- Gentlemen, start your drones: Judge’s ruling opens door for commercial use
- Soldier who hid, bragged about not saluting flag to be punished — in secret
- ‘Maverick’ of the seas: ‘Top Gun’ school for U.S. ship officers to launch
- Putin declares Sochi Paralympics open amid Ukrainian protest
- ‘In Jesus name, we pray’ sparks ire at Ohio council meeting
- Navy’s first laser weapon ready for prime time; drone killer to deploy this summer
- Billionaire backer: Rick Santorum ‘needs to be heard’ in 2016
- Obamacare fallout: 49 percent pessimistic; 45 percent ‘scared’
- DHS accused of holding U.S. citizen at airport, using emails to pry into her sex life
- Seattle socialist: Minimum-wage discussion skewed by ‘right-wing’ GAO analysis
Taxpayers must pay the freight for over-budget train projects
Topic - Alan Greenspan
Alan Greenspan began his career in economics as an analyst and forecaster. In his new book "The Map and the Territory," Mr. Greenspan presents an honest assessment of what economists can and cannot predict, along with many useful insights as to the way that both politicians and investors tend to behave. It is also a first-rate history of some of the failures and successes of economic policy over the past century by the ultimate economic-policy insider.
The Department of Justice decided to go after Wall Street investment bank J.P. Morgan over the firm's role in America's recent economic woes. The result last week was a $13 billion settlement, which is the biggest shakedown of a single company in American history.
Strike one against the idea of an expanding global economy. British Chancellor George Osborne, who's been credited for getting his country's debt under control and keeping pace with an austere budget, said one looming threat to the steady-as-she-goes economic policy that England has been practicing in recent months is the European Union.
Not until Rob Jackson wrapped his hands around another Tony Romo "oops" Sunday night could Washington Redskins fans begin to savor the moment.
A stable dollar and prices are consistent with maximum sustainable job and wealth creation. However, the Fed's dual mandate to pursue full employment and price stability has given it license to meddle in the economy to boost short-term employment, with disastrous consequences.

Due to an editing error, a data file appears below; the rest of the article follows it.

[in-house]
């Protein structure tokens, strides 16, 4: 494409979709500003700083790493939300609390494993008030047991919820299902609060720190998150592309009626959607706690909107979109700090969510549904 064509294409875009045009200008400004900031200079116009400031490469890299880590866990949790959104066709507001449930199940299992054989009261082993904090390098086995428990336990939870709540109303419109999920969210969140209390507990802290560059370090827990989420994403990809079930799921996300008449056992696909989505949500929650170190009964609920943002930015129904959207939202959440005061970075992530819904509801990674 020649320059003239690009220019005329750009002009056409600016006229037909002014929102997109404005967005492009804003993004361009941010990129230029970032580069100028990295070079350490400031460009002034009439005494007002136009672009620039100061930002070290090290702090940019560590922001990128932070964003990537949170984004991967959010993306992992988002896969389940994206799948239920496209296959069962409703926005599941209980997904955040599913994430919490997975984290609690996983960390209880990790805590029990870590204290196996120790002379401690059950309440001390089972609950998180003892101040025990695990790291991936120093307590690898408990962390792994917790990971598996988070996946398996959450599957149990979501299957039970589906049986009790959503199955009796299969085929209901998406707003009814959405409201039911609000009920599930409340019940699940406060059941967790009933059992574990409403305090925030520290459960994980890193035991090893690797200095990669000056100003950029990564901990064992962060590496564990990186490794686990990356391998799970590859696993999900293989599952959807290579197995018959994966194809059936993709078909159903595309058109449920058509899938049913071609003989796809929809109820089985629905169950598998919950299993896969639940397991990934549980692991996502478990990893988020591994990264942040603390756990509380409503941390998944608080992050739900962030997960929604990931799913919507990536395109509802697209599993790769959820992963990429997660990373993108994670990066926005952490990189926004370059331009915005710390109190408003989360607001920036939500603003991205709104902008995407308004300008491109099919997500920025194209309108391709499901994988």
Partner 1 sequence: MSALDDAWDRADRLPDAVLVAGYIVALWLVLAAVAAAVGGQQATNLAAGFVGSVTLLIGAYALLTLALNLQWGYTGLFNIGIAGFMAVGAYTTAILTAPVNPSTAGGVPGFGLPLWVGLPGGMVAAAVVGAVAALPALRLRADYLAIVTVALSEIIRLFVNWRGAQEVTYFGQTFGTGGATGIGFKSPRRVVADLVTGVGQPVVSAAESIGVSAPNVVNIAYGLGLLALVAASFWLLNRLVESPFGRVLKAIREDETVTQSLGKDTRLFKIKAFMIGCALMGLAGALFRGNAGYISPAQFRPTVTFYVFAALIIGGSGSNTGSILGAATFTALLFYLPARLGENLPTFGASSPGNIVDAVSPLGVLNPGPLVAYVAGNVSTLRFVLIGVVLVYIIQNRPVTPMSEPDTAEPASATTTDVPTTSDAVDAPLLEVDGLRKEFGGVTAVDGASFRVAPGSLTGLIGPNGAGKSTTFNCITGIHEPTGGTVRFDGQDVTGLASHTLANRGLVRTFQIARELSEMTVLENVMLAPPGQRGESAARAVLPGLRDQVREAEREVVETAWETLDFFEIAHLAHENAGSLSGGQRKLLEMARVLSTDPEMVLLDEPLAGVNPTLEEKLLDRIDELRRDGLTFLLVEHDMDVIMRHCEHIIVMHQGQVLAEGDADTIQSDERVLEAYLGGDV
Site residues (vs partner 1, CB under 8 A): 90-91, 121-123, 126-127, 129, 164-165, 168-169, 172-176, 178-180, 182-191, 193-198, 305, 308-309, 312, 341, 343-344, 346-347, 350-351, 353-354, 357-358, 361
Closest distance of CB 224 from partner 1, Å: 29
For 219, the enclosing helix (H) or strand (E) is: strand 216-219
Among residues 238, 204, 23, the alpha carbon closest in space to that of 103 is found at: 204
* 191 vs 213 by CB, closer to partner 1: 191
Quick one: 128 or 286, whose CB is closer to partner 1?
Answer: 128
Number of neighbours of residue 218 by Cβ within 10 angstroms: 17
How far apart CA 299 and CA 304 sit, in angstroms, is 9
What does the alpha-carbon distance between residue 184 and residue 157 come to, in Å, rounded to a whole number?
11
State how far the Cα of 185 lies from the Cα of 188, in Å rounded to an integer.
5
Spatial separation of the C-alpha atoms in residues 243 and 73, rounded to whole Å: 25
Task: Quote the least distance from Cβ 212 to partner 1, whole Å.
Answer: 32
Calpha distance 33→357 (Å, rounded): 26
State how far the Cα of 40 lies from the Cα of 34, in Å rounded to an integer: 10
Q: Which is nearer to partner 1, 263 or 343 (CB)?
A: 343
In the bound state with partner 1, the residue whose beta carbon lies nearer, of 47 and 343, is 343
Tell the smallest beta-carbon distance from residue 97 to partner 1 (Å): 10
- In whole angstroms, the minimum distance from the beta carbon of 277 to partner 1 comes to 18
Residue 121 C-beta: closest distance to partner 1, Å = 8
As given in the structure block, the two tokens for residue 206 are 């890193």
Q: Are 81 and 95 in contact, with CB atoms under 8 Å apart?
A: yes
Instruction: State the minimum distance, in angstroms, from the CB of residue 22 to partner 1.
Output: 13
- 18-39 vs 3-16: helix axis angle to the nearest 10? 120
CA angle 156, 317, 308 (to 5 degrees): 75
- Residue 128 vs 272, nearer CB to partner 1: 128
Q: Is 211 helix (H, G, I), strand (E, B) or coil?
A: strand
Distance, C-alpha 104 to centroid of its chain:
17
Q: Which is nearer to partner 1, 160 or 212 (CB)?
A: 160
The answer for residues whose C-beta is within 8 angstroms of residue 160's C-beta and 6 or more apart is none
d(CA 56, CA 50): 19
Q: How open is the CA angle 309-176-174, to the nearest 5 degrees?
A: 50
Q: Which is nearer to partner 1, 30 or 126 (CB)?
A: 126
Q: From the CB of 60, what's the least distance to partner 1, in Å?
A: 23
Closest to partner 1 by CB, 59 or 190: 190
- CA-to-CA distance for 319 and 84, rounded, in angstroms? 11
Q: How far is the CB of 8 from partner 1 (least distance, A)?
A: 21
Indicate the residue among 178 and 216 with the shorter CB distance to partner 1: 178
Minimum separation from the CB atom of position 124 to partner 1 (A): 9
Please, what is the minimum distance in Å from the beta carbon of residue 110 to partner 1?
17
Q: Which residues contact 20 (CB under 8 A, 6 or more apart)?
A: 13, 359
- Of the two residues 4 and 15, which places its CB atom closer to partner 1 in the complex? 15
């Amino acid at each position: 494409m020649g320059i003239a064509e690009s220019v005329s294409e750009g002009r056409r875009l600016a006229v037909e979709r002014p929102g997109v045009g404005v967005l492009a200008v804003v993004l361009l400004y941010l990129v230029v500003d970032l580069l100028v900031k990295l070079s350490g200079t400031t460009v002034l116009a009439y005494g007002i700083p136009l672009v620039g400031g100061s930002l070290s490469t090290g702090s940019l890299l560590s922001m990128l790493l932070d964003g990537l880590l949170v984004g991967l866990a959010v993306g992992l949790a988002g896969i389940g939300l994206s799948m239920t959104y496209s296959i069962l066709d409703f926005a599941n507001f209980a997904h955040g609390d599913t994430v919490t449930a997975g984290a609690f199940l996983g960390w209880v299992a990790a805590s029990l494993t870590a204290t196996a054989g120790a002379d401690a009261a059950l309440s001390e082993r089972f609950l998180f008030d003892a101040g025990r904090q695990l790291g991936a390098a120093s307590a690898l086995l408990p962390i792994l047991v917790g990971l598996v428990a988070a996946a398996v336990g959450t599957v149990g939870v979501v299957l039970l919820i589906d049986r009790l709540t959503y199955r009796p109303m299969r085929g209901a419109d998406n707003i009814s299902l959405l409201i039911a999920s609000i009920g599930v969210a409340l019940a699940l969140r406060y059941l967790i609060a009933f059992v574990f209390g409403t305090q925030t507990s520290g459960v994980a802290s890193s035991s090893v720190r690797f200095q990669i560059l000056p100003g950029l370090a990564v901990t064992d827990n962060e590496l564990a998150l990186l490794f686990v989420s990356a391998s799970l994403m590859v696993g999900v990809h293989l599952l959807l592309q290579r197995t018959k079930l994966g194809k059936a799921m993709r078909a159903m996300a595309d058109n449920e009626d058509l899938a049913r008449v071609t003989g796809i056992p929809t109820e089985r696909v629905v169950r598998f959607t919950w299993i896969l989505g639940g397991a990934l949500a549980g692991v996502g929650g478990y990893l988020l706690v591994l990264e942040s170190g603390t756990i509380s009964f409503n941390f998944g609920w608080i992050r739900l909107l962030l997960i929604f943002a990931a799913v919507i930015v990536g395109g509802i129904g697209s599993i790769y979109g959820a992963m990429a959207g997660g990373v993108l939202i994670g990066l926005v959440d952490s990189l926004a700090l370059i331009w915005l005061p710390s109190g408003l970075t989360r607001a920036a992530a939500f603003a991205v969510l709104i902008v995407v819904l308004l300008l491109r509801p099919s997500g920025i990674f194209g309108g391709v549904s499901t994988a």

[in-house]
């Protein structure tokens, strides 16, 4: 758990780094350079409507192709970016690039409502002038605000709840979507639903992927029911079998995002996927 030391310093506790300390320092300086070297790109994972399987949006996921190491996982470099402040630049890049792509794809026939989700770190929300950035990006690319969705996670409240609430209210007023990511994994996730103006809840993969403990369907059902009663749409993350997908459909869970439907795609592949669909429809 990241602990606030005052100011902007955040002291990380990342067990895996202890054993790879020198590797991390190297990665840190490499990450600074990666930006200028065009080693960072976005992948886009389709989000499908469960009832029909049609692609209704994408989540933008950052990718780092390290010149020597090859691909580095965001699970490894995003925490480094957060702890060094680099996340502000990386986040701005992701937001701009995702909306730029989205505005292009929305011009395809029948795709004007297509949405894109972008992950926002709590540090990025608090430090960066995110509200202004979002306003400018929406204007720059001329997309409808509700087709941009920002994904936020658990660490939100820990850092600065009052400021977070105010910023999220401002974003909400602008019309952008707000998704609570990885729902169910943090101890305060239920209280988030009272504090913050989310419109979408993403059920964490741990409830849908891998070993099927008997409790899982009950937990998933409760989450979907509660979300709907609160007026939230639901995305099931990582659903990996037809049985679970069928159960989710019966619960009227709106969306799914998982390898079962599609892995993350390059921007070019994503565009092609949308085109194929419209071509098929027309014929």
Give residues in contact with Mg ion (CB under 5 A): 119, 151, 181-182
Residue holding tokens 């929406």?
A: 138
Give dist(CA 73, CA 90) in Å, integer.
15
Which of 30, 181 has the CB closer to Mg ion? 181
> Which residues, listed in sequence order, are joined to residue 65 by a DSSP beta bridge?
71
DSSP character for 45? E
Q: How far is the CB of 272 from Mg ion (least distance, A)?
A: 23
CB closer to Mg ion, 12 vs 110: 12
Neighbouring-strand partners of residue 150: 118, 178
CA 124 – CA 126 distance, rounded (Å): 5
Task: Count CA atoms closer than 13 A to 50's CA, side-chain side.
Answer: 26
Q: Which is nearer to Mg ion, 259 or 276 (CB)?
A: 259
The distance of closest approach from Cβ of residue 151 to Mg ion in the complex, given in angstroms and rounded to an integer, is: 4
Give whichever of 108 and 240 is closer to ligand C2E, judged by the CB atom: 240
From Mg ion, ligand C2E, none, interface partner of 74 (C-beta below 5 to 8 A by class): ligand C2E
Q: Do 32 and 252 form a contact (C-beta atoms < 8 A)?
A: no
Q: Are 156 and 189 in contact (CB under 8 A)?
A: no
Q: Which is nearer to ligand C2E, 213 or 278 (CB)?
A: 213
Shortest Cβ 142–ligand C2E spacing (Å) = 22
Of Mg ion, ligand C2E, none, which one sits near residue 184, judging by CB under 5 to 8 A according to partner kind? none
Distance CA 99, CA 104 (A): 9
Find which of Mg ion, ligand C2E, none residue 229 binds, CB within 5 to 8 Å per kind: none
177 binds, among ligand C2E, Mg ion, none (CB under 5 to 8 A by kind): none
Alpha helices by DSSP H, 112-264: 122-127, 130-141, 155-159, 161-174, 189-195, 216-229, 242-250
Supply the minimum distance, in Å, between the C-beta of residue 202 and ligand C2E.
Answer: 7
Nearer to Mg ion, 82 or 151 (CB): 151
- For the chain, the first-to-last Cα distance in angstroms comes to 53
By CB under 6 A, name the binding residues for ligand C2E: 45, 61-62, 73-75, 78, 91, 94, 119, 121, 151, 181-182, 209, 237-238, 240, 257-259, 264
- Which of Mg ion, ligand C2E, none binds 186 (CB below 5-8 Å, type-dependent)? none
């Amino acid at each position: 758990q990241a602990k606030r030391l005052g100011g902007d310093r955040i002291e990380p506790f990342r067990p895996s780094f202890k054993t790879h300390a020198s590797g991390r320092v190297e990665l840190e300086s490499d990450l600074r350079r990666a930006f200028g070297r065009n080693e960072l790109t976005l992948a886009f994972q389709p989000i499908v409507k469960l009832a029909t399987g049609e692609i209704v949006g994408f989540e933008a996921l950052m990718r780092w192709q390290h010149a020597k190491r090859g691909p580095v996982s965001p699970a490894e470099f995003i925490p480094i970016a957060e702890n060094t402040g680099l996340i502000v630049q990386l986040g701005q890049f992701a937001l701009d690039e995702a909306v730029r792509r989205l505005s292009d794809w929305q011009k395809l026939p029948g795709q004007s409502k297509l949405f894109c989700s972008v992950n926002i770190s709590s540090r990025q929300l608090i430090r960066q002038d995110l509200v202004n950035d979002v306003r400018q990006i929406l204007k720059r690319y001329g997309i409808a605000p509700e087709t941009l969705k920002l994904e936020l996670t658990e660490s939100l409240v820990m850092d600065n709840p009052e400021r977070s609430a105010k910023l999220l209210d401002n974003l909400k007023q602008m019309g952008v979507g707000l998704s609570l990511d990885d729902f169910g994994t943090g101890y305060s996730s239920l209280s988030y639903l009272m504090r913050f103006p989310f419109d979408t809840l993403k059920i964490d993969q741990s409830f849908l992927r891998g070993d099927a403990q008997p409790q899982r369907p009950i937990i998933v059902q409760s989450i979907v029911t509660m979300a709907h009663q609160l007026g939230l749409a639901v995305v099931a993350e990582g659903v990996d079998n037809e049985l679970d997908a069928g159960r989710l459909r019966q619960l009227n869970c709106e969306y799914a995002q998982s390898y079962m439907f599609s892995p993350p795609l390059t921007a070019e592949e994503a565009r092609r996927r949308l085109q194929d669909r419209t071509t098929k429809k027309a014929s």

The minutes of the Dec. 13 meeting of the Federal Reserve Board of Governors revealed the Fed is adopting the strategy of being more transparent when communicating its intent on the movement of short-term interest rates.
Just as the outlook for the U.S. economy finally brightened in recent weeks, the darkening clouds in Europe threaten to overshadow budding signs of growth.
Should the Federal Reserve be abolished as Rep. Ron Paul and others have demanded? The Republican presidential candidates have agreed that they would like to replace Ben S. Bernanke as chairman of the Fed, and many have been equally critical of former Fed Chairman Alan Greenspan. The view that both Mr. Bernanke and Mr. Greenspan have done poor jobs is also shared by many economists and financial writers. But, if not Mr. Bernanke, who? And if not the Fed, what?
"I'd prop him up and put a pair of dark glasses on him and keep him as long as I could."
Arnold Schwarzenegger has a book deal.
Congress' chief scorekeeper effectively shortened the window for the new deficit supercommittee to reach a deal, saying Tuesday that if lawmakers are going to meet their Thanksgiving deadline, his office will need to see an agreement at the beginning of November.
In a world taken up with wars, terrorism, earthquakes, tsunamis, radiation, rising food prices and a possible famine in North Korea, there's a quiet fundamental debate going on.
The science of foretelling was apparently revered by the ancients. But in most of the Western world, fortune telling has lost its potency — that is, unless the fortune teller happens to be a scientist, pollster or economist.
Mark Zandi, Moody's Analytics chief economist, has become an oracle of sorts on Capitol Hill, where members of both parties have recited his financial forecasts in an attempt to seize the high ground in battles over stimulus packages, deficit reduction plans and the tax cuts enacted during the George W. Bush administration.
"If only we had sold our stocks a few weeks ago." "If only I'd had the brakes checked before she drove up to the mountains." There are few sadder words than those of regret at letting time pass until the catastrophe hits. Neither individuals nor armies nor nations are exempt from the human tendency to wait too long before acting - and paying a terrible price for the delay.
Mr. Greenspan said credit default swaps, which played a pivotal role in bringing down Lehman Brothers and American International Group in the September 2008 events that triggered the global crisis, were only a tiny share of the derivatives markets when he cautioned against regulation in the late 1990s and were not of much concern to regulators at the time.
"A significant proportion of the increased demand for subprime mortgage-backed securities during the years 2003-2004 was effectively politically mandated," Mr. Greenspan said. "The subprime market grew rapidly in response [to political mandates and] subprime loan standards deteriorated rapidly,"